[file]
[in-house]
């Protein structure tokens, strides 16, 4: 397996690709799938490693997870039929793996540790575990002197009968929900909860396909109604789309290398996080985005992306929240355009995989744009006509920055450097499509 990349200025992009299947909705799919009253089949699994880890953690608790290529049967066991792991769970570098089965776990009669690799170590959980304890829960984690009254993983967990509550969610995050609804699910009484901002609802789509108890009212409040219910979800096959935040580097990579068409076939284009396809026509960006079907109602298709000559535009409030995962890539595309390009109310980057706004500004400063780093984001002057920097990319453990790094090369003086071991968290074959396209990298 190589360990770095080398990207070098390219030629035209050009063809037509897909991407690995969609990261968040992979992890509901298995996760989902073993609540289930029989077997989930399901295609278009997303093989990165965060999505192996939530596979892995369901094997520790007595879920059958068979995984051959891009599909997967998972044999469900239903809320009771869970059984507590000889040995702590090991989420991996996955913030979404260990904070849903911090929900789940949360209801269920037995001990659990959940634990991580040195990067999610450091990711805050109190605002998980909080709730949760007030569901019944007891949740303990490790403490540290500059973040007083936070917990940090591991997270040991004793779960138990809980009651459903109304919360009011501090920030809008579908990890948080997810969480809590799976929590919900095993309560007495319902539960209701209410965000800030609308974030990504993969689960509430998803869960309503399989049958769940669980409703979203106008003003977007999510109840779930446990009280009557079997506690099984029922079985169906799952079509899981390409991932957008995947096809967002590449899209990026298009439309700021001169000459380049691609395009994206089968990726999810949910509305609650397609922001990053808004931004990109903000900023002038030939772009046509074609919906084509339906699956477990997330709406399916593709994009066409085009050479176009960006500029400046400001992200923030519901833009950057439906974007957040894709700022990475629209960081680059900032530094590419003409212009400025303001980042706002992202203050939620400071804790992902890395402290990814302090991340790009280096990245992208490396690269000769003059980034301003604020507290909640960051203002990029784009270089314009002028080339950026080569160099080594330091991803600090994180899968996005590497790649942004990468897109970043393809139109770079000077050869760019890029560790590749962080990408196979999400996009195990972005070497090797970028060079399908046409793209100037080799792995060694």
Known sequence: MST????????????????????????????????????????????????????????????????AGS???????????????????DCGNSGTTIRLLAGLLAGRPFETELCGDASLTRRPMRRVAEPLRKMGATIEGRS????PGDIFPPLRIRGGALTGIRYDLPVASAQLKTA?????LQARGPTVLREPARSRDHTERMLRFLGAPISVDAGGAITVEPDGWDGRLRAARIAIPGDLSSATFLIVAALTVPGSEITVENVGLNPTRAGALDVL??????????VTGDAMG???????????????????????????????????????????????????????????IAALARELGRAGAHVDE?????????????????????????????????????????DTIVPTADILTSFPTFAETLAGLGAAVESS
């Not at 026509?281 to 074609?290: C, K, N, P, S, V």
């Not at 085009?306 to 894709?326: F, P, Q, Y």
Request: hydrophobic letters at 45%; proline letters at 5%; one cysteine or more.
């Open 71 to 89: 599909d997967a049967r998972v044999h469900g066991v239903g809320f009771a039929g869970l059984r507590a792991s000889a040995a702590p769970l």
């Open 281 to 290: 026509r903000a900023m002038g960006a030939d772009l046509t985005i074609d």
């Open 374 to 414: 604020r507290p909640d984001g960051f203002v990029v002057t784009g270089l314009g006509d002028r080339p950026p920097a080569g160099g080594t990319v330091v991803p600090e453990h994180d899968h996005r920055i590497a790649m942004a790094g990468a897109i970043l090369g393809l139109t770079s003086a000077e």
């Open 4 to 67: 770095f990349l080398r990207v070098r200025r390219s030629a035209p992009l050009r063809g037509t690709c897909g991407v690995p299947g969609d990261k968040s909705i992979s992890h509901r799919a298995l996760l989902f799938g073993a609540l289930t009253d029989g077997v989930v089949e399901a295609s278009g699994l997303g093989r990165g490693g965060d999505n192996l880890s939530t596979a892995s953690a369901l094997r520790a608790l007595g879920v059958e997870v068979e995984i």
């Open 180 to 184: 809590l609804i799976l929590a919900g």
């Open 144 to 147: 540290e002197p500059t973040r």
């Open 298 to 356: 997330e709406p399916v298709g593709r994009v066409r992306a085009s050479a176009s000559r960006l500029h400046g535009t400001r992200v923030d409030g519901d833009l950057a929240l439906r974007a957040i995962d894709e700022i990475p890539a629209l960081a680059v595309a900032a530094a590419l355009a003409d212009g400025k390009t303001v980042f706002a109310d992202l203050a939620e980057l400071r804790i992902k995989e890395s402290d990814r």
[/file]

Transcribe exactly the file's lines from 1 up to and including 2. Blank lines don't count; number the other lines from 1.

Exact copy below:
[in-house]
């Protein structure tokens, strides 16, 4: 397996690709799938490693997870039929793996540790575990002197009968929900909860396909109604789309290398996080985005992306929240355009995989744009006509920055450097499509 990349200025992009299947909705799919009253089949699994880890953690608790290529049967066991792991769970570098089965776990009669690799170590959980304890829960984690009254993983967990509550969610995050609804699910009484901002609802789509108890009212409040219910979800096959935040580097990579068409076939284009396809026509960006079907109602298709000559535009409030995962890539595309390009109310980057706004500004400063780093984001002057920097990319453990790094090369003086071991968290074959396209990298 190589360990770095080398990207070098390219030629035209050009063809037509897909991407690995969609990261968040992979992890509901298995996760989902073993609540289930029989077997989930399901295609278009997303093989990165965060999505192996939530596979892995369901094997520790007595879920059958068979995984051959891009599909997967998972044999469900239903809320009771869970059984507590000889040995702590090991989420991996996955913030979404260990904070849903911090929900789940949360209801269920037995001990659990959940634990991580040195990067999610450091990711805050109190605002998980909080709730949760007030569901019944007891949740303990490790403490540290500059973040007083936070917990940090591991997270040991004793779960138990809980009651459903109304919360009011501090920030809008579908990890948080997810969480809590799976929590919900095993309560007495319902539960209701209410965000800030609308974030990504993969689960509430998803869960309503399989049958769940669980409703979203106008003003977007999510109840779930446990009280009557079997506690099984029922079985169906799952079509899981390409991932957008995947096809967002590449899209990026298009439309700021001169000459380049691609395009994206089968990726999810949910509305609650397609922001990053808004931004990109903000900023002038030939772009046509074609919906084509339906699956477990997330709406399916593709994009066409085009050479176009960006500029400046400001992200923030519901833009950057439906974007957040894709700022990475629209960081680059900032530094590419003409212009400025303001980042706002992202203050939620400071804790992902890395402290990814302090991340790009280096990245992208490396690269000769003059980034301003604020507290909640960051203002990029784009270089314009002028080339950026080569160099080594330091991803600090994180899968996005590497790649942004990468897109970043393809139109770079000077050869760019890029560790590749962080990408196979999400996009195990972005070497090797970028060079399908046409793209100037080799792995060694």